An executor's primary duties are to safeguard a decedent's possessions and to properly distribute the possessions according to the decedent's will or according to the laws of the state if there is no will. Obviously, an executor is not to take possession of items from the estate. If someone suspects that the executor is stealing items from the estate, the person should take prompt action to recover the items and prevent further theft.
The primary problem with estate theft is proving that the theft occurred. If a beneficiary, or other person, believes an executor is stealing from an estate, that person should document any available evidence. For example, a neighbour may have seen the executor or another person removing items from the decedent's home. Beneficiaries should ask to see financial records as well for the estate as well. If the executor removed money from an account without explanation, banks and other financial institutions will have records of these transactions.
Stealing items from an estate is theft and anyone who suspects theft from an estate should report it to the police. When making the report, offer the police all available evidence that a crime occurred, including the names, addresses and phone numbers of any witnesses. As proving theft from an estate is difficult, a person should offer any assistance possible to the police. Many police departments take anonymous reports over the phone and Internet for those who do not want his name involved in the report, as may be the case when the executor is a family member.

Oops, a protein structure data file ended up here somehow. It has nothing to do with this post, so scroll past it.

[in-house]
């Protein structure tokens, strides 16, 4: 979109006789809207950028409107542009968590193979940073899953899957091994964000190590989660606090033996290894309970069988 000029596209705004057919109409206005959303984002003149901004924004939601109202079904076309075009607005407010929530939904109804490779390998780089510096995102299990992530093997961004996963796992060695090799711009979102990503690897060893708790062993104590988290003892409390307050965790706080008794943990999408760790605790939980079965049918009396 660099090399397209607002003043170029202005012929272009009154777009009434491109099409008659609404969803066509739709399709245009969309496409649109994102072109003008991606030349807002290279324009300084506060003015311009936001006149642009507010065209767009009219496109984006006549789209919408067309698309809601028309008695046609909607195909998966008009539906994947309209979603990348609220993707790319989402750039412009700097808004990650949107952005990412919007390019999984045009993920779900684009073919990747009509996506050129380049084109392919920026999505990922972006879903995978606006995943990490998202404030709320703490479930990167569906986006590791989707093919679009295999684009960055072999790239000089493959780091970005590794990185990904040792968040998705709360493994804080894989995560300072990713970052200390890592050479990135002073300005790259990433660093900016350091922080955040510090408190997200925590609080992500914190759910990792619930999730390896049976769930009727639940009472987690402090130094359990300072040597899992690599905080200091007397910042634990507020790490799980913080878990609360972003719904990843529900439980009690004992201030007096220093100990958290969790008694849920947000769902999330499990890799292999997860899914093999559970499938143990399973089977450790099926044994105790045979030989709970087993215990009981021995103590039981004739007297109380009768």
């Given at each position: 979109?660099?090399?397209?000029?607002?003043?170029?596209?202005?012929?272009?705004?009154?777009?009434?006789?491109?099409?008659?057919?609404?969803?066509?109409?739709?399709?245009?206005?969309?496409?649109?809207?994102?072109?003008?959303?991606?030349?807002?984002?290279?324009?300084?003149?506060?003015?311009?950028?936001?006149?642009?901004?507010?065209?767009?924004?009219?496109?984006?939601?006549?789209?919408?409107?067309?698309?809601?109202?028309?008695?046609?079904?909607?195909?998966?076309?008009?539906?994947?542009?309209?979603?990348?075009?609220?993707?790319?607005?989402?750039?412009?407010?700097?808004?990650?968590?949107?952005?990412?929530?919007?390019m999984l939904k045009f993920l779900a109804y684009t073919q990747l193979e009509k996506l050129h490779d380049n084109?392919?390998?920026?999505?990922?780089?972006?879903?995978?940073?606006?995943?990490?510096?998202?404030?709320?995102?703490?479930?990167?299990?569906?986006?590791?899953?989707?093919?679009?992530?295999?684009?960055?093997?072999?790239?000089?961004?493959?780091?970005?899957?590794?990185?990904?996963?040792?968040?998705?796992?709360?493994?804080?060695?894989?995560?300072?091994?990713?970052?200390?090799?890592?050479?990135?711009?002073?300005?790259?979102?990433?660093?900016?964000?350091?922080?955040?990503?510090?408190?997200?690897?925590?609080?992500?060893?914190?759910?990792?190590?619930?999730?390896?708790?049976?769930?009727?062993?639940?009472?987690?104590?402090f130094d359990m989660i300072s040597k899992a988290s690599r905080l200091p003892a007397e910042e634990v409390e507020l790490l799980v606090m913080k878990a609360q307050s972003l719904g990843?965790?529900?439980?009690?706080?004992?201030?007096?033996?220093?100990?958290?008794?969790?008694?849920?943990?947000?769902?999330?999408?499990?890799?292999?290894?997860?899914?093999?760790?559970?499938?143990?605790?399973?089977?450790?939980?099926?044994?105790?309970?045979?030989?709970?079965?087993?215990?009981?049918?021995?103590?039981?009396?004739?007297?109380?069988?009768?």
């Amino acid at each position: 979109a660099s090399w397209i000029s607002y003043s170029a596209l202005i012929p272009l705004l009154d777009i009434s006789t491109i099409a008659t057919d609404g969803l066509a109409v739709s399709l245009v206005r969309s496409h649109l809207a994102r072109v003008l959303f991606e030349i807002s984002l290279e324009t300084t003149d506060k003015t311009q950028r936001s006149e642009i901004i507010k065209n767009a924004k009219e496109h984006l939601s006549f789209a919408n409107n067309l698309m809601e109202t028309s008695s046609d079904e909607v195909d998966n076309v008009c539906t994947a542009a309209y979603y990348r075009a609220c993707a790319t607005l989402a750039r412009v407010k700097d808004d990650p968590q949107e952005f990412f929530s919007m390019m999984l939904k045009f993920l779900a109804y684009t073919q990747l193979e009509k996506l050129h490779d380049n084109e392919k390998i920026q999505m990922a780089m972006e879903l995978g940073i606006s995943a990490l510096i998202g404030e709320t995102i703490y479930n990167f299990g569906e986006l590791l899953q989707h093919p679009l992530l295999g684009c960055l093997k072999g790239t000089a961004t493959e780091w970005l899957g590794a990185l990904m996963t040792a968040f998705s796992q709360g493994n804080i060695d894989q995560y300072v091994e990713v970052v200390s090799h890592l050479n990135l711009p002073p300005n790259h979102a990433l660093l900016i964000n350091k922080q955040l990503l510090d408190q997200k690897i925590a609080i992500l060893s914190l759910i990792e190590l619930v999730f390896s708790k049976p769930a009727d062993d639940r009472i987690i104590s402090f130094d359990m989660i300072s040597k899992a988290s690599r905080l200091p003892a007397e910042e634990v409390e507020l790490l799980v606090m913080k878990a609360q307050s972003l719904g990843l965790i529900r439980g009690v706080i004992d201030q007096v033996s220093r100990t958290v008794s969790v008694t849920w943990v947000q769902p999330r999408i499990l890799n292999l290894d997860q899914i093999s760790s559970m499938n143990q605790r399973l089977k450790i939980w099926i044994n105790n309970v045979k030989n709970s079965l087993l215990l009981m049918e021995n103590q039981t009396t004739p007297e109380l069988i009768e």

In addition to reporting theft from an estate to the police, a person should also report the theft to the court handling the estate. As the court may have familiarity with the problem of people stealing from an estate, a report to the court may speed police response to the allegation. Also, a person can request that the court remove the current executor and appoint a replacement to handle the estate, helping to reduce the chances of further theft.
One responsibility of an executor is to complete an inventory of the estate's possessions. Though this may take some time, especially for estates with significant investments and real estate holdings, the completion of the inventory should be a high priority. Beneficiaries should request information regarding the completion of the inventory from the executor on a regular basis to assure its prompt completion. Once the executor completes the inventory, it is unlikely the executor can remove items from the estate without notice.
- The Martin Law Firm; Executors' Responsibility to Protect Estate Property; December 2010
- Statesman.com; Fighting the Touchy Battle of Estate Theft; Tony Plohetski; June 2008
- Law Offices of Janet Brewer; Facing Executor or Trustee Dishonesty: a Probate Attorney Perspective; Janet Brewer; June 2010
- San Jose Police Department: Reporting Crime in San Jose